US06109334 1980-01-03 1980-01-03 Flushing process for pigments Expired - Lifetime US4300954A (en)

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Cited By (9)

* Cited by examiner, † Cited by third party
Publication number Priority date Publication date Assignee Title
EP0255667A1 (en) * 1986-08-08 1988-02-10 BASF Aktiengesellschaft Continuous flushing process
US4729796A (en) * 1980-10-21 1988-03-08 Hoechst Aktiengesellschaft Process for preparing pigment granules from aqueous suspension of pigment and alkaline solution of resin
US4747882A (en) * 1985-03-13 1988-05-31 Sun Chemical Corporation Process for the direct production of printing inks
US4765841A (en) * 1985-10-11 1988-08-23 Kemisk Vaerk Koge A/S Process for the preparation of an organic pigment dispersion
WO2001019927A1 (en) * 1999-09-17 2001-03-22 Flint Ink Corporation Process for preparing pigment flush
US6273599B1 (en) 1999-09-17 2001-08-14 Flint Ink Corporation Process for preparing pigment flush
US6576131B1 (en) 1997-12-16 2003-06-10 Flint Ink Corporation Process and apparatus for changing the wetting agent of pigments
US20060037517A1 (en) * 2004-08-17 2006-02-23 Flint Ink Corporation Processes for preparing organic pigment dispersions and ink
US20060182866A1 (en) * 2005-02-16 2006-08-17 Enrico Fava Homogenising mixer

Citations (8)

* Cited by examiner, † Cited by third party
Publication number Priority date Publication date Assignee Title
US2378786A (en) * 1942-02-27 1945-06-19 Osborne Clare Alexander Manufacture of a pigment paste from the water pulp color
US2637711A (en) * 1950-06-22 1953-05-05 Auer Laszlo Pigment dispersions in water
US2907670A (en) * 1957-03-22 1959-10-06 Gen Aniline & Film Corp Pigment dispersions
US2929723A (en) * 1958-12-22 1960-03-22 Thomas H Schultz Compositions containing flavoring agent and lecithin in a sugar base and process of making the same
US3437624A (en) * 1964-04-27 1969-04-08 Wyandotte Chemicals Corp Aqueous dispersions of polyurethane polymers
US3526391A (en) * 1967-01-03 1970-09-01 Wyandotte Chemicals Corp Homogenizer
US3980488A (en) * 1972-03-07 1976-09-14 The Sherwin-Williams Company Pigment conditioning and vehicle flushing process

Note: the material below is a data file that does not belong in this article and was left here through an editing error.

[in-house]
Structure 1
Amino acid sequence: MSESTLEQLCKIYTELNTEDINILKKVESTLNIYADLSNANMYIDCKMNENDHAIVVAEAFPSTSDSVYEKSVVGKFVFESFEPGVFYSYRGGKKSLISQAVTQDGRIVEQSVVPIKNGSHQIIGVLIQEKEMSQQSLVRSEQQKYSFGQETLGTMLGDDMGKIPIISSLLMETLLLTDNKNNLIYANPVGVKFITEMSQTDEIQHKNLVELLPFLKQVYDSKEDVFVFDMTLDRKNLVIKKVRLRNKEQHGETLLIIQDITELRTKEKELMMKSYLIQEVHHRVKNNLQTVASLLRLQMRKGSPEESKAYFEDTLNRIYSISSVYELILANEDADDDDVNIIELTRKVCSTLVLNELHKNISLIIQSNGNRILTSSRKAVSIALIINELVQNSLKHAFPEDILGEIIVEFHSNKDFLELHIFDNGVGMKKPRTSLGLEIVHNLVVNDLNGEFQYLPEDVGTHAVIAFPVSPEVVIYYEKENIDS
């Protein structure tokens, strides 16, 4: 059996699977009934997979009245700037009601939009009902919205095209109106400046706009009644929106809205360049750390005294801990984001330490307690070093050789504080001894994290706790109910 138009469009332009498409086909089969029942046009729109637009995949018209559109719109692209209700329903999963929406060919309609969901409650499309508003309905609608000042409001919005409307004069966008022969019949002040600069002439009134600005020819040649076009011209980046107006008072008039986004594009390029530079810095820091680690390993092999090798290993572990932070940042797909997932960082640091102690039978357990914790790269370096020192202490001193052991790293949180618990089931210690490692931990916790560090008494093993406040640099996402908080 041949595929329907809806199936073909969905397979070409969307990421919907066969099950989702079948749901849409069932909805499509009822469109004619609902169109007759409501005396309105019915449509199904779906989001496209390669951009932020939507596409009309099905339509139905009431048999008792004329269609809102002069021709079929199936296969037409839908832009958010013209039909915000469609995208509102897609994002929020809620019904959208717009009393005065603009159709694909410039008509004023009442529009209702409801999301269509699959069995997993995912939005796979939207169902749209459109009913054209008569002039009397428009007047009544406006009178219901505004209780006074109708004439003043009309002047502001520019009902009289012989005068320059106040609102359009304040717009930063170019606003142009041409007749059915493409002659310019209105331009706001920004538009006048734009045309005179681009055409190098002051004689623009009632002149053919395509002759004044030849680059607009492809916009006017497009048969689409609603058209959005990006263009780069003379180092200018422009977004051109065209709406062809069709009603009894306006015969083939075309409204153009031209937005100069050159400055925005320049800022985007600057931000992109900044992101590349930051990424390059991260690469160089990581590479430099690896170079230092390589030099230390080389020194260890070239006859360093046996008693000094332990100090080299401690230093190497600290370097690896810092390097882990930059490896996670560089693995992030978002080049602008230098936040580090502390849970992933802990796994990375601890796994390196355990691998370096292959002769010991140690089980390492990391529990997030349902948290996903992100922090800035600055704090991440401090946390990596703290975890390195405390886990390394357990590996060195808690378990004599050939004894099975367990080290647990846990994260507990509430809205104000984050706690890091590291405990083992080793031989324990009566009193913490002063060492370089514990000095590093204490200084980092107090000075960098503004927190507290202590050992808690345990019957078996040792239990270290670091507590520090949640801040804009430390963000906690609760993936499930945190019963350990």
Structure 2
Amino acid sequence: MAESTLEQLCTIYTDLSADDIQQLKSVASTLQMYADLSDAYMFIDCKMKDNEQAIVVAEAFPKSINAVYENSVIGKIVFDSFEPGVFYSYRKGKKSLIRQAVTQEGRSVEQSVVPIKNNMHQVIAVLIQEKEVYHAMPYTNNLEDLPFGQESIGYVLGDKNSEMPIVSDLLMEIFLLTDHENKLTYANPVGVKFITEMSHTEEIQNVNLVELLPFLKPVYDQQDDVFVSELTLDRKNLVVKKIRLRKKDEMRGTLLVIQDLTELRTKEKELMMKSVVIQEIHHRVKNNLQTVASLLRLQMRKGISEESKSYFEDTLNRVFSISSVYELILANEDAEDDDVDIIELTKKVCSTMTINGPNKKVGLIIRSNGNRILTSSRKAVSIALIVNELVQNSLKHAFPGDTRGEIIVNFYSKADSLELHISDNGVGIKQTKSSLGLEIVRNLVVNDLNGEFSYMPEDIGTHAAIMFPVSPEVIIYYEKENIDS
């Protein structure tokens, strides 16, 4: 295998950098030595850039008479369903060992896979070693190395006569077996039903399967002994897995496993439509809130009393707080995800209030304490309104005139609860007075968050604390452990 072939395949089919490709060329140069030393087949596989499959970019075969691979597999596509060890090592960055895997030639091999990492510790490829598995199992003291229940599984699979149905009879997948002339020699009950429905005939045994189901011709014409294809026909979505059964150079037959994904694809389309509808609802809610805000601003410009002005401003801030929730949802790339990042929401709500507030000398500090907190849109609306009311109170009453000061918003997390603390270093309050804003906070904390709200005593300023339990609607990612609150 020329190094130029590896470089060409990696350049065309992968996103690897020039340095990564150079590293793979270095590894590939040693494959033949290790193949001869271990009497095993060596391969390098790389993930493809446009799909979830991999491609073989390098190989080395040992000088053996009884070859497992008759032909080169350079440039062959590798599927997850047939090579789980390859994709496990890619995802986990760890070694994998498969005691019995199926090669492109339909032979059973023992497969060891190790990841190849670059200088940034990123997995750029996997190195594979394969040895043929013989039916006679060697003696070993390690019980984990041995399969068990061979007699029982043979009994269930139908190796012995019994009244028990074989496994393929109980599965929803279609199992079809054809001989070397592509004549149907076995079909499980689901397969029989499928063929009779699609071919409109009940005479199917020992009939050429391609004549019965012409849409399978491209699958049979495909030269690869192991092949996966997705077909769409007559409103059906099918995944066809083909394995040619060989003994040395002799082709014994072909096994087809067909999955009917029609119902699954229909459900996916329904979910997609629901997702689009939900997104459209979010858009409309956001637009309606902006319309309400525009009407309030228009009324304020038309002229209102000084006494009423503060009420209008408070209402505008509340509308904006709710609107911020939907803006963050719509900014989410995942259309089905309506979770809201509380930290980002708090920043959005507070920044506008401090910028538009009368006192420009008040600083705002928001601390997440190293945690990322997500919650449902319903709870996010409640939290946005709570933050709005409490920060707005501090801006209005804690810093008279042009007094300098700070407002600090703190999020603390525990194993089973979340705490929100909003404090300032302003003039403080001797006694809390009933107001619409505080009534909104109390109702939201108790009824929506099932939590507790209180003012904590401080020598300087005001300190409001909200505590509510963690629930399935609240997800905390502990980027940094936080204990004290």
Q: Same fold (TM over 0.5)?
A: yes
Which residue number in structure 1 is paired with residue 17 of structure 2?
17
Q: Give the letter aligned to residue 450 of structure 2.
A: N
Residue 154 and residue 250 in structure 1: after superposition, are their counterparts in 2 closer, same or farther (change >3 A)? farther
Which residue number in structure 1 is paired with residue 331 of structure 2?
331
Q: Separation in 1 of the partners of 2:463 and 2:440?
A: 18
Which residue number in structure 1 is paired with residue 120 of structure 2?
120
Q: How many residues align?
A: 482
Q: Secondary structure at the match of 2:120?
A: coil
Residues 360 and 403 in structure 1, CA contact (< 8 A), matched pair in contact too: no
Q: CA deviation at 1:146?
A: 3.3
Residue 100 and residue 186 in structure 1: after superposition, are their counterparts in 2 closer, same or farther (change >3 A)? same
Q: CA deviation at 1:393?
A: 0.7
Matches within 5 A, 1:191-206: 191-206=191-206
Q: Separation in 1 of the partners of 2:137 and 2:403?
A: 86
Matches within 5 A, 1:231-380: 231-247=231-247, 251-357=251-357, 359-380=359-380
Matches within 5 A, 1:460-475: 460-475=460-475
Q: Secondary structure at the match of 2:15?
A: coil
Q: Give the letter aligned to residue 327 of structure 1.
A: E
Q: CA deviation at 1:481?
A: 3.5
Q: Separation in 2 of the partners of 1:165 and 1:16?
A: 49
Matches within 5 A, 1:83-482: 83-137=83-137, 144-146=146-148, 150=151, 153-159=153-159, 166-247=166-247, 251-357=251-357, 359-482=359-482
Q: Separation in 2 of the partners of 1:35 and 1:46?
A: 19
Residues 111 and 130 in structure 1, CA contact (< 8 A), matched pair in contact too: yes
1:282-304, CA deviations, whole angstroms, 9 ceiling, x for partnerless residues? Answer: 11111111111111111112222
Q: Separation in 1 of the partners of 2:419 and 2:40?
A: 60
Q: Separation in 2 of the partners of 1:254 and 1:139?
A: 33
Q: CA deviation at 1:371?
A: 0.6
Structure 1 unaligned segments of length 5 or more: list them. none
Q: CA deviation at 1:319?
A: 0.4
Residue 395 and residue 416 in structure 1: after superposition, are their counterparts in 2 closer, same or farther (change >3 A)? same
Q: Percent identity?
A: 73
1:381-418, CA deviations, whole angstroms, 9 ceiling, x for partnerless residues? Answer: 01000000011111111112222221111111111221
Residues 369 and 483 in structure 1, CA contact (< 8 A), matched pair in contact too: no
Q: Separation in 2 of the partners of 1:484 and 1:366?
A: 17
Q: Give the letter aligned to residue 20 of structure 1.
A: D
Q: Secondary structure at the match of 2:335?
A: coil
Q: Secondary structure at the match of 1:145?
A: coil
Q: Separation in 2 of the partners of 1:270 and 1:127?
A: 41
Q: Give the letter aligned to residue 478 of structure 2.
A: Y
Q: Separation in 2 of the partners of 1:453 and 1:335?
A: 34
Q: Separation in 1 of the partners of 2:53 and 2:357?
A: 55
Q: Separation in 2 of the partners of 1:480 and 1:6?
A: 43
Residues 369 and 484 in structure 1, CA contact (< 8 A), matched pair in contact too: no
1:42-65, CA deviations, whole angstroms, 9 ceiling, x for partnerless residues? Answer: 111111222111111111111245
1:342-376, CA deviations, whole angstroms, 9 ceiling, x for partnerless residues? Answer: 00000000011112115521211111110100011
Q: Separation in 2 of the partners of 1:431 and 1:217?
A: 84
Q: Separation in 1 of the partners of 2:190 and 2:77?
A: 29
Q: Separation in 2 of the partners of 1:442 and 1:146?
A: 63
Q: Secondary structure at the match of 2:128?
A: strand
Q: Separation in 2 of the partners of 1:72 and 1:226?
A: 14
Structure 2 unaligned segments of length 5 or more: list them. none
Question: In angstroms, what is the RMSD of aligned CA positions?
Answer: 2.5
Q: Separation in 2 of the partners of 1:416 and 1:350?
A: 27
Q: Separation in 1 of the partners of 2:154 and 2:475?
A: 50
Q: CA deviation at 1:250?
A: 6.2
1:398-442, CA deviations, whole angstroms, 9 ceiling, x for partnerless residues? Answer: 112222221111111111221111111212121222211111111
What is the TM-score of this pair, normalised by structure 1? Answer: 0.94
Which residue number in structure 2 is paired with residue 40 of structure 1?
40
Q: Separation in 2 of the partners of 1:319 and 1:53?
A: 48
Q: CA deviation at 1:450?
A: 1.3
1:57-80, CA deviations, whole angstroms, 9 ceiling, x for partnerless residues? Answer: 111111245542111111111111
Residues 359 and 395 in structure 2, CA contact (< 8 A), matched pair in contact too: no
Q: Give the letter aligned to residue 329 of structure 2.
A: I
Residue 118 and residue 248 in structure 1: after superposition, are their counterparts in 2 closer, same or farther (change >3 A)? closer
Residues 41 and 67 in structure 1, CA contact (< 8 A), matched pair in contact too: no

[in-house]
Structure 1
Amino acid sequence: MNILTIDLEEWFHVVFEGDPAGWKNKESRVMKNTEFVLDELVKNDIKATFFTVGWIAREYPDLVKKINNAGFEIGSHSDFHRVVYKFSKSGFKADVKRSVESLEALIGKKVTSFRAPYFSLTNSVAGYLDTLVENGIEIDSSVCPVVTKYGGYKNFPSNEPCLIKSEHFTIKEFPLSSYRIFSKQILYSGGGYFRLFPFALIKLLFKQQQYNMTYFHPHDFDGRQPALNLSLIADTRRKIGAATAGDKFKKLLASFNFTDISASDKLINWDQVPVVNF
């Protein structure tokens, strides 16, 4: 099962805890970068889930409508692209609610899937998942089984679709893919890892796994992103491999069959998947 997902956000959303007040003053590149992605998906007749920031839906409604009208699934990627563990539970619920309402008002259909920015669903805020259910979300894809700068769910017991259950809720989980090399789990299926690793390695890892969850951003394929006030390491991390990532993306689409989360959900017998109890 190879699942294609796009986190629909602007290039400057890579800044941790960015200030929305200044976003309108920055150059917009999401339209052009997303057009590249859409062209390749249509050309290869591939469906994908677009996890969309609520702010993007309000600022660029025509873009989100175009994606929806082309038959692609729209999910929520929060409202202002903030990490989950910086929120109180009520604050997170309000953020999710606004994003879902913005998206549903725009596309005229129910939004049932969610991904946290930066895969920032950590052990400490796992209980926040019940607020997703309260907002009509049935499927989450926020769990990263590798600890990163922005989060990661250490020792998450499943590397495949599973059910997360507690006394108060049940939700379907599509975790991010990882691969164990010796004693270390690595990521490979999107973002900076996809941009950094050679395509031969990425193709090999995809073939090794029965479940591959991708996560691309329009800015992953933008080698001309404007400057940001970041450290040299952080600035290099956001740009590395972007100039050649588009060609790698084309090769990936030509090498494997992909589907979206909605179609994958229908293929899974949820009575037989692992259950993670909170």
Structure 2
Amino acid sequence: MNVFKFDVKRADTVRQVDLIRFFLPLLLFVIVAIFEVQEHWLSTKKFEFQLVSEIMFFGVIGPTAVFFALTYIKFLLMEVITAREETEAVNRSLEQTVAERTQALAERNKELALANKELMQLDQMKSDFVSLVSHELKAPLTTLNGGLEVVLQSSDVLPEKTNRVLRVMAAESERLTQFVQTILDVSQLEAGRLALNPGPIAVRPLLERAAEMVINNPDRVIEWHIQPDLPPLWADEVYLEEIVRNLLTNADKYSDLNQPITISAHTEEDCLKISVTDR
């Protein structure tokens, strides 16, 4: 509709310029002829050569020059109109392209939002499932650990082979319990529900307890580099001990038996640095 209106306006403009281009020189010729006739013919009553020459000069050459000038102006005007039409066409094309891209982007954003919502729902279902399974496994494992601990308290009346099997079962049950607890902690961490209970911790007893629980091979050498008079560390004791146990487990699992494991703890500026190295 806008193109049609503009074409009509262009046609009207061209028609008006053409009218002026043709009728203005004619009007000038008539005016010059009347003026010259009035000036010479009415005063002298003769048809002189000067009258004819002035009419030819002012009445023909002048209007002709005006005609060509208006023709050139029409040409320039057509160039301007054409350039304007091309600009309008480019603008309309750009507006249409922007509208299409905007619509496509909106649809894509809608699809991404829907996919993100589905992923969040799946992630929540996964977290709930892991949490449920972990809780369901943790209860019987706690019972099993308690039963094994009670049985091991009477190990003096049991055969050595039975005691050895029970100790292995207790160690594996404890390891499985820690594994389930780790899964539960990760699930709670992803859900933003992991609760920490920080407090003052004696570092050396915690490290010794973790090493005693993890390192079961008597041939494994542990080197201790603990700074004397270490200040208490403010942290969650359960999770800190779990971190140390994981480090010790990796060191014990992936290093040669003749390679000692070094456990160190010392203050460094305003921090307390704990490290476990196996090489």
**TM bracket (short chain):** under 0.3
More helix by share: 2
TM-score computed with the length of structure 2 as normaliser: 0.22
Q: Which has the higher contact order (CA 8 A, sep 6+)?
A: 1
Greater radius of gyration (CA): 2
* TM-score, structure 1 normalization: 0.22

US4227936A (en) * 1978-02-25 1980-10-14 Deutsche Gold- Und Silber-Scheideanstalt Vormals Roessler Process for the production of readily dispersible pigment preparations

Patent Citations (8)

* Cited by examiner, † Cited by third party
Publication number Priority date Publication date Assignee Title
US2378786A (en) * 1942-02-27 1945-06-19 Osborne Clare Alexander Manufacture of a pigment paste from the water pulp color
US2637711A (en) * 1950-06-22 1953-05-05 Auer Laszlo Pigment dispersions in water
US2907670A (en) * 1957-03-22 1959-10-06 Gen Aniline & Film Corp Pigment dispersions
US2929723A (en) * 1958-12-22 1960-03-22 Thomas H Schultz Compositions containing flavoring agent and lecithin in a sugar base and process of making the same
US3437624A (en) * 1964-04-27 1969-04-08 Wyandotte Chemicals Corp Aqueous dispersions of polyurethane polymers
US3526391A (en) * 1967-01-03 1970-09-01 Wyandotte Chemicals Corp Homogenizer
US3980488A (en) * 1972-03-07 1976-09-14 The Sherwin-Williams Company Pigment conditioning and vehicle flushing process
US4227936A (en) * 1978-02-25 1980-10-14 Deutsche Gold- Und Silber-Scheideanstalt Vormals Roessler Process for the production of readily dispersible pigment preparations

Non-Patent Citations (1)

* Cited by examiner, † Cited by third party
Title
Mead, "The Encyclopedia of Chemical _Process Equipment", Reinhold, pp. 295 & 296. *

Cited By (13)

* Cited by examiner, † Cited by third party
Publication number Priority date Publication date Assignee Title
US4729796A (en) * 1980-10-21 1988-03-08 Hoechst Aktiengesellschaft Process for preparing pigment granules from aqueous suspension of pigment and alkaline solution of resin
US4747882A (en) * 1985-03-13 1988-05-31 Sun Chemical Corporation Process for the direct production of printing inks
US4765841A (en) * 1985-10-11 1988-08-23 Kemisk Vaerk Koge A/S Process for the preparation of an organic pigment dispersion
EP0255667A1 (en) * 1986-08-08 1988-02-10 BASF Aktiengesellschaft Continuous flushing process
US6576131B1 (en) 1997-12-16 2003-06-10 Flint Ink Corporation Process and apparatus for changing the wetting agent of pigments
US6305838B1 (en) 1999-09-17 2001-10-23 Flint Ink Corporation Process and apparatus for preparing pigment flush
US6273599B1 (en) 1999-09-17 2001-08-14 Flint Ink Corporation Process for preparing pigment flush
US6348091B1 (en) 1999-09-17 2002-02-19 Flint Ink Corporation Process and apparatus for preparing pigment flush in response to a material property value
WO2001019927A1 (en) * 1999-09-17 2001-03-22 Flint Ink Corporation Process for preparing pigment flush
US20060037517A1 (en) * 2004-08-17 2006-02-23 Flint Ink Corporation Processes for preparing organic pigment dispersions and ink
US7947126B2 (en) 2004-08-17 2011-05-24 Flint Group Incorporated Processes for preparing organic pigment dispersions and ink
US20060182866A1 (en) * 2005-02-16 2006-08-17 Enrico Fava Homogenising mixer
US7469629B2 (en) * 2005-02-16 2008-12-30 Fava S.P.A. Homogenizing mixer

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AS Assignment

Owner name: BASF WYANDOTTE CORPORATION, 1609 BIDDLE AVENUE, WY

Free format text: ASSIGNMENT OF ASSIGNORS INTEREST.;ASSIGNORS:DE MONTEREY FRANCIS;ADHIA BHARAT J.;JOHNSON DAVID M.;REEL/FRAME:003885/0501

Effective date: 19800204

Owner name: BASF WYANDOTTE CORPORATION, MICHIGAN

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Effective date: 19860409

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Owner name: FLINT INK CORPORATION, MICHIGAN

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Effective date: 19960430